COLUMN: October 11, 2018

cake-486874_1920
A cake

I DO hate to bang on about Brexit, but it’s nearly here and we’re still no closer to knowing what it’s going to be like.

Obviously, we can make an educated guess based on facts, but half the population (or less than half these days, given that 1.3m of the Brexit electorate has died, to be replaced by even more young people) has decided that facts aren’t as important as feelings.

For example, it doesn’t matter that the UK was always sovereign, and always had the power to walk away from the EU, because it didn’t FEEL like it was sovereign.

But the fact is, nobody actually knows, not for sure, not even the government. If you interviewed the government for a job and asked them where they thought they’d be in five years’ time, they couldn’t answer you with any sort of conviction. In a fair world, some of them would actually have a conviction.

The only thing we do know is that the people who have been pressing hardest for Brexit are obsessed with cakes. The former Foreign Secretary was convinced in public that we could “have our cake and eat it”. John Redwood, the perfectly normal former Welsh Secretary, talked about making our own cakes instead of helping other countries with their cakes. And UKIP is full of fruitcakes.

So I have decided to explain the Brexit process through the medium of cakes.

LEAVER: I want an omelette.

REMAINER: Right. It’s just we haven’t got any eggs.

LEAVER: Yes, we have. There they are. [HE POINTS AT A CAKE]

REMAINER: They’re in the cake.

LEAVER: Yes, get them out of the cake, please.

REMAINER: But we voted in 1975 to put them into a cake.

LEAVER: Yes, but that cake has got icing on it. Nobody said there was going to be icing on it.

REMAINER: Icing is good.

LEAVER: And there are raisins in it. I don’t like raisins. Nobody mentioned raisins. I demand another vote.

DAVID CAMERON ENTERS.

DAVID CAMERON: OK.

DAVID CAMERON SCARPERS.

LEAVER: Right, where’s my omelette?

REMAINER: I told you, the eggs are in the cake.

LEAVER: Well, get them out.

EU: It’s our cake.

JEREMY CORBYN: Yes, get them out now.

REMAINER: I have absolutely no idea how to get them out. Don’t you know how to get them out?

LEAVER: Yes! You just get them out and then you make an omelette.

REMAINER: But how?! Didn’t you give this any thought?

LEAVER: Saboteur! You’re talking eggs down. We could make omelettes before the eggs went into the cake, so there’s no reason why we can’t make them now.

THERESA MAY: It’s OK, I can do it.

REMAINER: How?

THERESA MAY: There was a vote to remove the eggs from the cake, and so the eggs will be removed from the cake.

REMAINER: Yeah, but…

LEAVER: Hang on, if we take the eggs out of the cake, does that mean we don’t have any cake? I didn’t say I didn’t want the cake, just the bits I don’t like.

EU: It’s our cake.

REMAINER: But you can’t take the eggs out of the cake and then still have a cake.

LEAVER: You can. I saw the latest Bake Off and you can definitely make cakes without eggs in them. It’s just that they’re horrible.

REMAINER: Fine. Take the eggs out. See what happens.

LEAVER: It’s not my responsibility to take the eggs out. Get on with it.

REMAINER: Why should I have to come up with some long-winded incredibly difficult chemical process to extract eggs that have bonded at the molecular level to the cake, while somehow still having the cake?

LEAVER: You lost, get over it.

THERESA MAY: By the way, I’ve started the clock on this.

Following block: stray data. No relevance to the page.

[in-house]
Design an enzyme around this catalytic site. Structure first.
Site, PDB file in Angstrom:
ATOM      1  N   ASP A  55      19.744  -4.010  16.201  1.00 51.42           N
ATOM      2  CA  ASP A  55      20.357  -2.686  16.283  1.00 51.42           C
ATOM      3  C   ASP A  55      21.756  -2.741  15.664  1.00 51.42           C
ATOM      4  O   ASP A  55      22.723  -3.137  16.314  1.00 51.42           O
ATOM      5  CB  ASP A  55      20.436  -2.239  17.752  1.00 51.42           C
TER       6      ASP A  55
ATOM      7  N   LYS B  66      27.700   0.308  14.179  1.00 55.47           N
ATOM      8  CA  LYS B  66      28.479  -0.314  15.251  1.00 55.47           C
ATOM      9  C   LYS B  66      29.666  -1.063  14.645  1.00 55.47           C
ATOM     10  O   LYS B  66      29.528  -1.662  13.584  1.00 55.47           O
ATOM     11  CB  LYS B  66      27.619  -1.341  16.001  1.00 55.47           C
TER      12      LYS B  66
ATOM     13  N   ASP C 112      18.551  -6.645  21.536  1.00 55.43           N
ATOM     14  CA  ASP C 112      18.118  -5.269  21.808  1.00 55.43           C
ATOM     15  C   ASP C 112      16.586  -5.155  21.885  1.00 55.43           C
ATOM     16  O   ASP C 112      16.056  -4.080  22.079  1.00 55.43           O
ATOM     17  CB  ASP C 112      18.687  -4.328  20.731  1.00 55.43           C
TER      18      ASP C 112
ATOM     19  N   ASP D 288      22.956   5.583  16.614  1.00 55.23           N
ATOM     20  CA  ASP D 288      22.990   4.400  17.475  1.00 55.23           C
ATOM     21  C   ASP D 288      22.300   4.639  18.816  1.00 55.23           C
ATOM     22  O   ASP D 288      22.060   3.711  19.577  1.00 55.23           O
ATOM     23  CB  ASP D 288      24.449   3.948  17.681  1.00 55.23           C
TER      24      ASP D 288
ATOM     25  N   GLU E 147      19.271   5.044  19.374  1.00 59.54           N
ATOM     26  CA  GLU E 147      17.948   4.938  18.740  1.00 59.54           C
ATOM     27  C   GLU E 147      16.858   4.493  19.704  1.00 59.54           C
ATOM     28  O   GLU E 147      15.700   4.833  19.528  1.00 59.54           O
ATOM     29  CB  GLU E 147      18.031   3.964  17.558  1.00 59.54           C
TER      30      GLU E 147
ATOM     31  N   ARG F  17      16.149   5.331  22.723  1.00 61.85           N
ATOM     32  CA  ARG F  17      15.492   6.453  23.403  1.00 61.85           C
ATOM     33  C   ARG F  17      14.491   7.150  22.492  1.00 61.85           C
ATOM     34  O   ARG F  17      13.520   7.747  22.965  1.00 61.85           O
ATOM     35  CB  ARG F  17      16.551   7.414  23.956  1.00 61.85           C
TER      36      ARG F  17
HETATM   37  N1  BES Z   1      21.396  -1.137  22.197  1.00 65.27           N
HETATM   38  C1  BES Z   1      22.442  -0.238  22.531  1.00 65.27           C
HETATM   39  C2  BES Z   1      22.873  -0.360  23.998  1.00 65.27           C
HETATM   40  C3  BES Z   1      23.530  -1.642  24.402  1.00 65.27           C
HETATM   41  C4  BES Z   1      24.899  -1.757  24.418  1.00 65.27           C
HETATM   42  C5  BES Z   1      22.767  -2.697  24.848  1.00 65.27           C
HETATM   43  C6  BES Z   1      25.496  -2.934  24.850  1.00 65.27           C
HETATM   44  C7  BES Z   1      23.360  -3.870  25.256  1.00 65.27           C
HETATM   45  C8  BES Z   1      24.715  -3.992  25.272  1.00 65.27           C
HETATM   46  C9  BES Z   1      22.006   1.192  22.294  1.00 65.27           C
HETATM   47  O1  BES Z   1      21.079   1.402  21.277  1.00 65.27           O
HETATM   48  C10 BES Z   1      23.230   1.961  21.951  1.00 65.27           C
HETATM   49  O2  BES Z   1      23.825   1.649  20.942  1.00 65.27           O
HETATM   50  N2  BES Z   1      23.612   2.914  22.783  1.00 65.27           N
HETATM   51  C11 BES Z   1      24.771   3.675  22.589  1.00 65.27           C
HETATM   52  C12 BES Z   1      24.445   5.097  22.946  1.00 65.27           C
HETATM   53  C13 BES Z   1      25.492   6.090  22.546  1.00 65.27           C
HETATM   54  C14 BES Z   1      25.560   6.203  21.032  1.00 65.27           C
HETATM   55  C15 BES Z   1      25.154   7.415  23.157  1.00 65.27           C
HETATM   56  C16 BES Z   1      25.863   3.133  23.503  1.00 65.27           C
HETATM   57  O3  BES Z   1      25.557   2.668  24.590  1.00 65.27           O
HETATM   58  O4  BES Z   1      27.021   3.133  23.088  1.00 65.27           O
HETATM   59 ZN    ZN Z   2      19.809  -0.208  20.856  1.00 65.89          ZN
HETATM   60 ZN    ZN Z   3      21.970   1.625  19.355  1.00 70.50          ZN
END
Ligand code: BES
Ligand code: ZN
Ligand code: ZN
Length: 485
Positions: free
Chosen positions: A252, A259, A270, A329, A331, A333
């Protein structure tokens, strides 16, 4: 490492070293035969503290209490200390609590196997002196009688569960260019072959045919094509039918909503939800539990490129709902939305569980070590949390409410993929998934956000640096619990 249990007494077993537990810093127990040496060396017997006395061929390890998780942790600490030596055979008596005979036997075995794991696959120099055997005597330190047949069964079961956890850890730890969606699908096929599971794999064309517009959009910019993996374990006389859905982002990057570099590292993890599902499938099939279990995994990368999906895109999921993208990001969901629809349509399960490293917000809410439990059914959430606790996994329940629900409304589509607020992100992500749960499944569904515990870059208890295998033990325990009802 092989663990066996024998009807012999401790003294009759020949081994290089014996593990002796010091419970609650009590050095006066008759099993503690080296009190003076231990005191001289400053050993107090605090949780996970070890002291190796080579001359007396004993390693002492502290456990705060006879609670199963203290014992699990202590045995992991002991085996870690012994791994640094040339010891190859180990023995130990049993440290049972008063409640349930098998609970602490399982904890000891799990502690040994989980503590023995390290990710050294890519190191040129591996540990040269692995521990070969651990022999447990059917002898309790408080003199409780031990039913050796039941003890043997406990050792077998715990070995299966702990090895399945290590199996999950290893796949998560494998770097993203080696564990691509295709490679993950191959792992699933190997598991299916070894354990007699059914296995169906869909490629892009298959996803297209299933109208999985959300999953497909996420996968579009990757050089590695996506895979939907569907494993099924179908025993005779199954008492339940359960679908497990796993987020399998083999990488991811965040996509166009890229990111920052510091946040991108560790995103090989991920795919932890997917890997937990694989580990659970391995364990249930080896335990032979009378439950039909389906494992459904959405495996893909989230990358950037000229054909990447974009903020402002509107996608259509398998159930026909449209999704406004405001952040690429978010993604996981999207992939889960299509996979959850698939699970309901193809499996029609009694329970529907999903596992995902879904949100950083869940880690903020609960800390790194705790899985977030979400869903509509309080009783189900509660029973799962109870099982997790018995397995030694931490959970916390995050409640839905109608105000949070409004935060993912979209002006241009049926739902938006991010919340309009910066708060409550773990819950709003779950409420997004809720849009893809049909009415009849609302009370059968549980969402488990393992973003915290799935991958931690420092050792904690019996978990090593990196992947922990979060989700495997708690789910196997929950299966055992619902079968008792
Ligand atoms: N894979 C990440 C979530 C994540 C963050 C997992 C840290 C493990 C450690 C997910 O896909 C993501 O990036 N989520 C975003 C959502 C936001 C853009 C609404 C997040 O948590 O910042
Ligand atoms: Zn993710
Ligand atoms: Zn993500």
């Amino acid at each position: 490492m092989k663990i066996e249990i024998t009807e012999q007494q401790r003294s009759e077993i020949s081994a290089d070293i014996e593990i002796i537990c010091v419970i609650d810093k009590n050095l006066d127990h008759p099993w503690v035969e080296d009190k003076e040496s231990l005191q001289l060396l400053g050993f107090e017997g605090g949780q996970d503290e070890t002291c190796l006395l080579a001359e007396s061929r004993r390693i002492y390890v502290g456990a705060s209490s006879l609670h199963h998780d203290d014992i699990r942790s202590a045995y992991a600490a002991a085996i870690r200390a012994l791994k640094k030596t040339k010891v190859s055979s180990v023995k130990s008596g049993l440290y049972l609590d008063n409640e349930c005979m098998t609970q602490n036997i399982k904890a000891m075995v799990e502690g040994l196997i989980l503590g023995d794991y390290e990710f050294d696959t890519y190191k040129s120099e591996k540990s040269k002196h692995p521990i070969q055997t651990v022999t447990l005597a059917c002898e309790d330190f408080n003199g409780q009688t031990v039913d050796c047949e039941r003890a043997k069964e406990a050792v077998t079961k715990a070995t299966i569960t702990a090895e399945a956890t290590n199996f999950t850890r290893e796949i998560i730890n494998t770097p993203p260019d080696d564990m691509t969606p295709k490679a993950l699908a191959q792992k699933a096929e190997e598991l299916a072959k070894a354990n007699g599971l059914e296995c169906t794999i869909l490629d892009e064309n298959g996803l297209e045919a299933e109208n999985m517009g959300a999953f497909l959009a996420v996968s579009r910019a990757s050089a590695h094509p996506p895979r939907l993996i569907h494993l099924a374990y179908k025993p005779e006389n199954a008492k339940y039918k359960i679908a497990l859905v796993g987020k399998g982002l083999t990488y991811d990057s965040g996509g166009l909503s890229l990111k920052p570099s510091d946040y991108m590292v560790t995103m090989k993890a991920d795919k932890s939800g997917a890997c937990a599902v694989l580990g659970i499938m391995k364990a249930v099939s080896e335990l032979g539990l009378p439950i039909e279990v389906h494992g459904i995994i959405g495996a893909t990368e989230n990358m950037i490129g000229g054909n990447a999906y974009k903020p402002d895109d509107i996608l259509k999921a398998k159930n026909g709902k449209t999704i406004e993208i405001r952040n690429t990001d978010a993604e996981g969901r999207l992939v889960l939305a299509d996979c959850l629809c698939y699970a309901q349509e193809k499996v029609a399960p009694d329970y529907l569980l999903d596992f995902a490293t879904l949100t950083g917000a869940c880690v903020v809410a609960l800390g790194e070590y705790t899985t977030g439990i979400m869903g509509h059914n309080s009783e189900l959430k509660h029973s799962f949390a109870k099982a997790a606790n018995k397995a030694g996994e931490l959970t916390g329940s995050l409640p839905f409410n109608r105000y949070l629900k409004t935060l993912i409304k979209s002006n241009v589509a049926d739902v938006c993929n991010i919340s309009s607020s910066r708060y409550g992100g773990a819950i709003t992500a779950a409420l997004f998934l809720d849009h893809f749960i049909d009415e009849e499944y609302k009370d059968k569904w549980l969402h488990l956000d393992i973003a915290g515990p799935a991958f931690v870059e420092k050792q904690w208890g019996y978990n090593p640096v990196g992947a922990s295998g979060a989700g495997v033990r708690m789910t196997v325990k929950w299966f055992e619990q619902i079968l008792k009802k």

REMAINER: So I assume you have a plan?

THERESA MAY: Actually, back in a bit. Just having another election.

REMAINER: Jeremy, are you going to sort this out?

JEREMY CORBYN: Yes. No. Maybe.

EU: It’s our cake.

LEAVER: Where’s my omelette? I voted for an omelette.

REMAINER: This is ridiculous. This is never going to work. We should have another vote, or at least stop what we’re doing until we know how to get the eggs out of the cake while keeping the bits of the cake that we all like.

LEAVER/MAY/CORBYN: WE HAD A VOTE. STOP SABOTAGING THE WILL OF THE PEOPLE. EGGSIT MEANS EGGSIT.

REMAINER: Fine, I’m moving to France. The cakes are nicer there.

LEAVER: You can’t. We’ve taken your freedom of movement.

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84 thoughts on “COLUMN: October 11, 2018

  1. Gary Can I have a Scotch Egg please? They HAVE their ‘cake and eat it’ as they voted Leave, have their OWN Parliament AND have seats in the House of Commons😁 Paul McDermott

    1. No it wasn’t, it was 1975 that we decided to “join” the European Economic Market, not stay in it. Those of my generation advocated strongly joining the EEC as it made sense to have a “common market”. What we didn’t sign up to, is it becoming a bureaucratic federalist state reigned over by the Germans and their new best friend France. So I voted out but remain very pro European, but not the model that Merkel and Junkers want us to sign up to.

      1. Here, here.
        We voted to join the European Economic Community, we have Never voted to be governed by this new conglomerate, that never signs off it’s accounts.

      2. it’s not becoming a bureaucratic federalist state. The size of its bureaucracy is about the same as Birmingham city council. Britain staying in would be an excellent balance (as it has been) to germany/france. Leavers seem unable to foresee we’ll still have the EU and single market on our doorstep. it will still massively affect us. but now we have no say. Bravo

        Gammon in and eggs out. A recipe for disaster.

      3. Complete rubbish, go and read the Treaty of Rome, it clearly states “an ever closer union”. The concept was to closely bind the nation states of Europe together to prevent yet another devastating war – where millions were brutally killed and injured.

      4. @Phillip Alexander